“As stated by our employees and eyewitnesses, Mr Nav reacted emotionally to the entry refusal,” a spokesperson for Shakers said. “Mr Nav was not being offended, spat at or beaten. The club managers would like to abstain from judgment which version of events was the true one or if the allegations of Mr Nav were reasoned. We simply want to apologise for him feeling offending during his visit in our club.”


Parents Are Naming Babies After Instagram Filters →

December 2, 2015 · 10:58

Michael Zhang:

The website reports that “Lux” has jumped 75% as a baby boy name and is slightly up as a girl name as well. It’s not a filter, but Instagram chose “Lux” for the name of its one-tap photo enhancement feature.

For names that are used for Instagram filters, Ludwig is up 42%, Amaro is up 26%, Reyes is up 10%, Hudson is up 4%, and Kelvin is up 3%.

Do Snapchat filters have names?

Last One to Leave Turns Off the Lights →

December 1, 2015 · 20:12

Bohemian Coding:

Today, we’re announcing an important change in how you receive updates to Sketch. After much thought, and with a heavy heart, we’re moving Sketch away from the Mac App Store.

I’m sad to see this happen more and more often. Ultimately, the Mac App Store will be full of the leftover “fart” apps, which have no value whatsoever. This should be a concern for Apple, because of the negative picture this paints for new Mac users who are visiting the Mac App Store for the first time. I hope something changes before it’s too late, if it isn’t already.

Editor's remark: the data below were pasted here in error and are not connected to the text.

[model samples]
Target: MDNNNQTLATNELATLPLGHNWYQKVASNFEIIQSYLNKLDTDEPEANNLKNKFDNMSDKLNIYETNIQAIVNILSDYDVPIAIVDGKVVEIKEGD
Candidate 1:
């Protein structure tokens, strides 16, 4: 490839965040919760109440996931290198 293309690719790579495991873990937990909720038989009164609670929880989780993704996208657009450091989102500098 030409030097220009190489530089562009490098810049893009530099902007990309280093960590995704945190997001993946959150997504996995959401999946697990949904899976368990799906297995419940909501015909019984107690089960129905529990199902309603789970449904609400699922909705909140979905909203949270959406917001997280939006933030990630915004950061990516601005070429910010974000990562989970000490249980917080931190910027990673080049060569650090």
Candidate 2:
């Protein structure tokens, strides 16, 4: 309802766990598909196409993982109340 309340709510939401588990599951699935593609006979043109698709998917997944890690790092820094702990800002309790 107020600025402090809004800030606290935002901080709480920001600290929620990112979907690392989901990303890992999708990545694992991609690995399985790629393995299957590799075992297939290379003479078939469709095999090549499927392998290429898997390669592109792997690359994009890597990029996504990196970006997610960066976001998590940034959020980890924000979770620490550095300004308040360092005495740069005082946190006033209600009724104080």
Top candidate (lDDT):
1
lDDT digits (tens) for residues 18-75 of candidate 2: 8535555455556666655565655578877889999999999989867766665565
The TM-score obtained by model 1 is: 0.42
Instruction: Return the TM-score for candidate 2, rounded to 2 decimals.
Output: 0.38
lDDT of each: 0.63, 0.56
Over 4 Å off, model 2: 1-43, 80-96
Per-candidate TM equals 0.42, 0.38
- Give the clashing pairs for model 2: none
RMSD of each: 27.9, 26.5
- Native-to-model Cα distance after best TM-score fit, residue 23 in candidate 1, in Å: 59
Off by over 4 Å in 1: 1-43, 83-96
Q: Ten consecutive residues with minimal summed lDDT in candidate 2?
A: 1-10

Apple Watch — a Stalled Platform →

December 1, 2015 · 15:02

Dan Frommer:

Here’s what’s working: I’ve learned to rely on the watch, without thinking, for a handful of functions. These are as basic as quickly telling time to as futuristic-seeming as watching my Uber approach on a tiny map before it swings around the corner.

Notifications, one of the early big-idea purposes of a smartwatch, are pretty reliable and, with some attention to their frequency, very useful. One night at a restaurant, when a handful of things I’d put up for sale on eBay were closing around the same time, the sensation of an arm buzz every few seconds as a new bid rolled in was an amusing delight. (Another round, garçon!)

I reply to a large portion of text messages from the watch, using customized quick responses. Tracking my exercise has helped me lose 10 pounds.

But that’s about it. And they are pretty much the same ways I used the watch when I first got it.

That’s more or less what I use mine for, with the fitness functions still being most important. And quite frankly, I’m not looking for more distractions.

Workflow for iOS – Publishing Linked Posts to WordPress

December 1, 2015 · 12:21

I bought Workflow for iOS [App Store] on the day it came out. The app was already amazing back then, but lacked a few features which could help me use it on a daily basis. The most recent update added WordPress support however. It took me a little over thirty minutes to put together a rough workflow for publishing linked posts on Infinite Diaries. I’ve been perfecting that workflow ever since and I’m finally ready to share it with the world.

Continue reading →

Why They Call Him ‘Gramps’ →

December 1, 2015 · 09:56

Don Melton:

I explained that I was christened as such when I was only in my mid-thirties at Netscape, “Years ago when I got that name, I was actually young enough for it to be ironic. These days it’s a Human Resources policy violation.”

Great story, including Craig Federighi and Tim Cook. You have to read this.

A Few More Details on the A9X From Andrew Cunningham →

December 1, 2015 · 09:12

Andrew Cunningham: